By Danielle Graves. Last Updated 21st July 2023. Recent changes in the law mean that you are in a better position than ever to claim compensation from those who breach your data and cause you harm. If this happened to you, this article will explain the question – how do I report a data protection breach?
In 2018 the law changed around data protection. The introduction of the General Data Protection Regulation (GDPR) means that any organisation, company or agency that collects your data must do so for specific reasons and handle it with care. These laws are upheld by an independent organisation called the Information Commissioners Office (ICO) which has tremendous power to enforce compliance and issue fines if your data is not handled properly.
Breaches in data protection can cause all manner of problems for the people they affect. It’s so much more than just a few unwanted spam emails or text alerts you did not sign up for. A data breach can result in your entire identity being stolen and if you have been touched by issues like this, you may be wondering what you can do.
If you have questions you’d like answered right now, please feel free to contact our team. We specialise in helping people clarify their options around launching data breach compensation claims and can connect you with a data breach solicitor from our panel within minutes.
Simply start your claim by calling our team direct on 0161 696 9685 or writing/emailing us at Legal Helpline. You can also use the ‘live support’ option, the bottom right to get on-the-spot guidance about reporting a data breach.
Select A Section
- How Do I Know If My Data Privacy Was Breached?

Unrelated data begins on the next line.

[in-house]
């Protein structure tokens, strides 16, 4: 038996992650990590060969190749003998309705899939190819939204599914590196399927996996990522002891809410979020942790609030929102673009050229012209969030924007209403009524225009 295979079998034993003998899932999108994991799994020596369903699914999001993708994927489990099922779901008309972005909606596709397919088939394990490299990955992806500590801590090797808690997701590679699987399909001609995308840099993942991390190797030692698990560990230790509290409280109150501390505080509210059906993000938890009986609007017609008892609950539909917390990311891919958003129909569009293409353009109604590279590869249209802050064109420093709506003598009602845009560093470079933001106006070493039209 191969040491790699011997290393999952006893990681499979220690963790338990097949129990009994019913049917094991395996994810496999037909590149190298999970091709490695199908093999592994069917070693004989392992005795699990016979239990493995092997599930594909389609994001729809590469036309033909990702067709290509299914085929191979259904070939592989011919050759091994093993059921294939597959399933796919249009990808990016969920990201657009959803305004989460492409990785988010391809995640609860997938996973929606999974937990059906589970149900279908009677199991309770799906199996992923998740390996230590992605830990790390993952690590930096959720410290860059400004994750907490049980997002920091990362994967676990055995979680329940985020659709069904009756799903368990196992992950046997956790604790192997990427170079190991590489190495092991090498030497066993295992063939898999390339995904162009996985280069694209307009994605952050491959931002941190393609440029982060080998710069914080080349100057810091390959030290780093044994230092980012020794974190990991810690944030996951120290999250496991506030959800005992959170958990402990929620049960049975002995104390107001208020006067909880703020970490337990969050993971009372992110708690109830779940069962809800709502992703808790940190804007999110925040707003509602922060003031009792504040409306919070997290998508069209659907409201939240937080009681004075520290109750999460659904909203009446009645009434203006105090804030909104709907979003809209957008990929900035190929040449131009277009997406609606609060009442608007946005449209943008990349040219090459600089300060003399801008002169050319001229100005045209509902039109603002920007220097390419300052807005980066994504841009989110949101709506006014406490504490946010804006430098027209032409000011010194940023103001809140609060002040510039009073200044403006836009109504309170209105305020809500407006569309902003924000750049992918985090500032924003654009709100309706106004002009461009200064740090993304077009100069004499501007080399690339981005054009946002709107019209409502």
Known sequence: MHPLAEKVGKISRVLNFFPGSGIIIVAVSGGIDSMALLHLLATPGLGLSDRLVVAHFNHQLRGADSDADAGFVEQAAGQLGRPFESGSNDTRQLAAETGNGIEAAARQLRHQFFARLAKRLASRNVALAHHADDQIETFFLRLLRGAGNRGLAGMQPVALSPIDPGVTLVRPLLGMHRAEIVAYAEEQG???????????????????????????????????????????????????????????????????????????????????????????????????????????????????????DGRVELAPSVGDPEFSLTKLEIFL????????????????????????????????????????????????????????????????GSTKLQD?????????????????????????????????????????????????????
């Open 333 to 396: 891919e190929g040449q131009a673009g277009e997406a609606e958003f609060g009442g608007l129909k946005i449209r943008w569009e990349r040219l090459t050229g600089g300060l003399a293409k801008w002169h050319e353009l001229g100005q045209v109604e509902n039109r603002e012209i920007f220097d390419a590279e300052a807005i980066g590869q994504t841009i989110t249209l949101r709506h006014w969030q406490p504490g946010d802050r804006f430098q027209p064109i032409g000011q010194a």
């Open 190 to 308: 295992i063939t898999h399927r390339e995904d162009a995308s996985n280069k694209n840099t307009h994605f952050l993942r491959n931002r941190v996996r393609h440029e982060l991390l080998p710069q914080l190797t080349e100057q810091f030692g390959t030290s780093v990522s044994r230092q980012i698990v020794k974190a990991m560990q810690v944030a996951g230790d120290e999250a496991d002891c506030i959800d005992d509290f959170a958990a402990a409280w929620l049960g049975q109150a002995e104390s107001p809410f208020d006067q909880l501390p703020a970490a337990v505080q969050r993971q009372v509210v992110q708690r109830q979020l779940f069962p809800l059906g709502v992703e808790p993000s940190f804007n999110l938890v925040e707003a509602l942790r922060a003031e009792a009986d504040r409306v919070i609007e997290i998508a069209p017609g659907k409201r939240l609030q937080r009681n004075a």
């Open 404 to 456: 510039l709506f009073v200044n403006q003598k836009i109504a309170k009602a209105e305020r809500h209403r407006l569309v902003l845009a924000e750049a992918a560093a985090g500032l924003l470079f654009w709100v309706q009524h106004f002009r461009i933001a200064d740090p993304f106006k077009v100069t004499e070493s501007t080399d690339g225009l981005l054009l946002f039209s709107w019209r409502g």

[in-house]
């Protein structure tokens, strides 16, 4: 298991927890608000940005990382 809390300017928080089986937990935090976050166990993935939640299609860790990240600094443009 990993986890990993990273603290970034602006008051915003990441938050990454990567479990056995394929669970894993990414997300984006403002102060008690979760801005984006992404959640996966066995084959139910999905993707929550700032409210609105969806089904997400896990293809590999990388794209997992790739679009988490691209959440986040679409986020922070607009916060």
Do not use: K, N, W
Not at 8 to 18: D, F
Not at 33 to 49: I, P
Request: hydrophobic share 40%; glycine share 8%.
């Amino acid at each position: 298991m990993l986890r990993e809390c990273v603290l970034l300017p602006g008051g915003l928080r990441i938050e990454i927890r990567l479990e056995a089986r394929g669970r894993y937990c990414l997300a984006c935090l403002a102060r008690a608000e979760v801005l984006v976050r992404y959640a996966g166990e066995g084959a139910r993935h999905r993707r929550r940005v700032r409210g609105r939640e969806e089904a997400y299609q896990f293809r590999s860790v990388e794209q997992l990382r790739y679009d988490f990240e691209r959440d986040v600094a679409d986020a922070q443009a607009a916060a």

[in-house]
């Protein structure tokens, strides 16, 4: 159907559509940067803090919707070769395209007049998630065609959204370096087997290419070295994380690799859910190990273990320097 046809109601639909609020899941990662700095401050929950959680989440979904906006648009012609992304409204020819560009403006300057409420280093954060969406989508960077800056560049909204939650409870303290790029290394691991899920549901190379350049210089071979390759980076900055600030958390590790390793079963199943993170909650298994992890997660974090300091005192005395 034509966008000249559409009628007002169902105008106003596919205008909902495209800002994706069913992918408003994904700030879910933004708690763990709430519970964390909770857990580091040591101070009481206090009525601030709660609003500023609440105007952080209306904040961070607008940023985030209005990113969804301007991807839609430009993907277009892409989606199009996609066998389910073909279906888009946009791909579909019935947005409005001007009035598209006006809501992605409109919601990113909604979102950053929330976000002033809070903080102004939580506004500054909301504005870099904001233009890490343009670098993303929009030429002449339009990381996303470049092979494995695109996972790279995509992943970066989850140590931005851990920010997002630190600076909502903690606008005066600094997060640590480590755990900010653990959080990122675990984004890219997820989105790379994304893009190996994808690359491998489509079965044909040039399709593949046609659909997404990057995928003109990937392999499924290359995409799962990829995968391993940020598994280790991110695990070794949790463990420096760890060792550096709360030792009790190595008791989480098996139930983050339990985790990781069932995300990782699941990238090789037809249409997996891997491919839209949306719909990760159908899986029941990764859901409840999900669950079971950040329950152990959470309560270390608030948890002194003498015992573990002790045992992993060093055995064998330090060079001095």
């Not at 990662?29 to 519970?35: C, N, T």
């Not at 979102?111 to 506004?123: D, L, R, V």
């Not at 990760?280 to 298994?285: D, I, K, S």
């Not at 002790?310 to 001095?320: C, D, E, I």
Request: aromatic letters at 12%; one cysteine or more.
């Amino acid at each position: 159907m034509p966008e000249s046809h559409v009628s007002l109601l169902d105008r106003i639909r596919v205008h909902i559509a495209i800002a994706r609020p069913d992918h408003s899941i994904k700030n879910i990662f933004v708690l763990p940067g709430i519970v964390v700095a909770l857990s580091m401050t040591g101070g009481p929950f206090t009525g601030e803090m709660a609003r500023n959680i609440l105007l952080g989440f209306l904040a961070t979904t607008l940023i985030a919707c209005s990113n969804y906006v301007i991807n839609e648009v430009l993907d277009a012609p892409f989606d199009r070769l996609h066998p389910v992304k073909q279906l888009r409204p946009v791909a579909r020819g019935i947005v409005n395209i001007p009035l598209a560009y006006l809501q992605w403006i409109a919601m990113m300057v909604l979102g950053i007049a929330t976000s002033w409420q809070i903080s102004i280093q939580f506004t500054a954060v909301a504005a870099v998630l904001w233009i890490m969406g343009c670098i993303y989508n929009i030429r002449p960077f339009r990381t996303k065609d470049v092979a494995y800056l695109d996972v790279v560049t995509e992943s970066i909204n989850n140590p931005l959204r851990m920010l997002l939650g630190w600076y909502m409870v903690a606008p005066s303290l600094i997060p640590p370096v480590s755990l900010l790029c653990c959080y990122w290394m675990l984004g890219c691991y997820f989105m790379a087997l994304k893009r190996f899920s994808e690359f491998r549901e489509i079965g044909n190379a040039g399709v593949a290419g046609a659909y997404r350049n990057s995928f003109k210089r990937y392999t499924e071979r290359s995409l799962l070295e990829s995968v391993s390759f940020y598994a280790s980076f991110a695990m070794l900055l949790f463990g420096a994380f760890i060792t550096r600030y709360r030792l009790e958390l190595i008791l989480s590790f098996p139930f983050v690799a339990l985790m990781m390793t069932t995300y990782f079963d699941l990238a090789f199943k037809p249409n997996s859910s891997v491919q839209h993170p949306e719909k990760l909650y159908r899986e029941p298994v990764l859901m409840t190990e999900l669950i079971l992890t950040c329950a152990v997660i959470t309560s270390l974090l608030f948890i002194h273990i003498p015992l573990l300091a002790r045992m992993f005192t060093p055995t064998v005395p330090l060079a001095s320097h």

- What Data Protection Breaches Could I Report To The Information Commissioner?
- How Do I Report A Data Breach To The Information Commissioner?
- How To Report A GDPR Breach To A Data Controller Or Processor
- What Happens When I Report A Data Protection Breach?
- How Long Do I Have To Report A Data Breach?
- Calculate Compensation After Reporting A Data Protection Breach
- Material And Non-Material Damages You Could Claim Compensation For
- Claiming For A Data Breach With A No Win No Fee Solicitor
- Where To Learn More
Before we answer the question – ‘how do I report a data protection breach?’ it’s important to explain how the breach may first come to your attention. It’s a legal requirement for companies and organisations to tell you as soon as possible if they think your data may have been hacked or otherwise compromised. In addition to this, the company itself has a legal obligation to report the breach to the ICO (within 72 hours) and may or may not investigate.
Perhaps you received a letter or an email from a company or agency alerting you to a breach. You may have heard about it from social media, news outlets or other involved parties. However it came you your attention, you have a step-by-step procedure that can help you report the breach and obtain compensation for any negative repercussions that arise from it. There are three basic types of breach:
- Integrity – the unauthorised or accidental alteration of data. Cases where the data is changed without consent.
- Confidentiality – the unauthorised or accidental disclosure of information. When your privacy is broken.
- Availability – loss or destruction caused accidentally or deliberately. This could be someone deleting your details without consent.
It’s important to note that these actions are deemed breaches if they fall outside of the pre-agreed terms of original use. You may become aware of a data breach in a different manner. Perhaps money starts to disappear from your account or there is a sudden increase in spam emails and cold calls.
Worse still, your name could be implicated in fraud or crimes you are totally unaware of. Identity theft is horrendously damaging both financially and emotionally for the victim. Events such as these will undoubtedly alert you very quickly to a problem.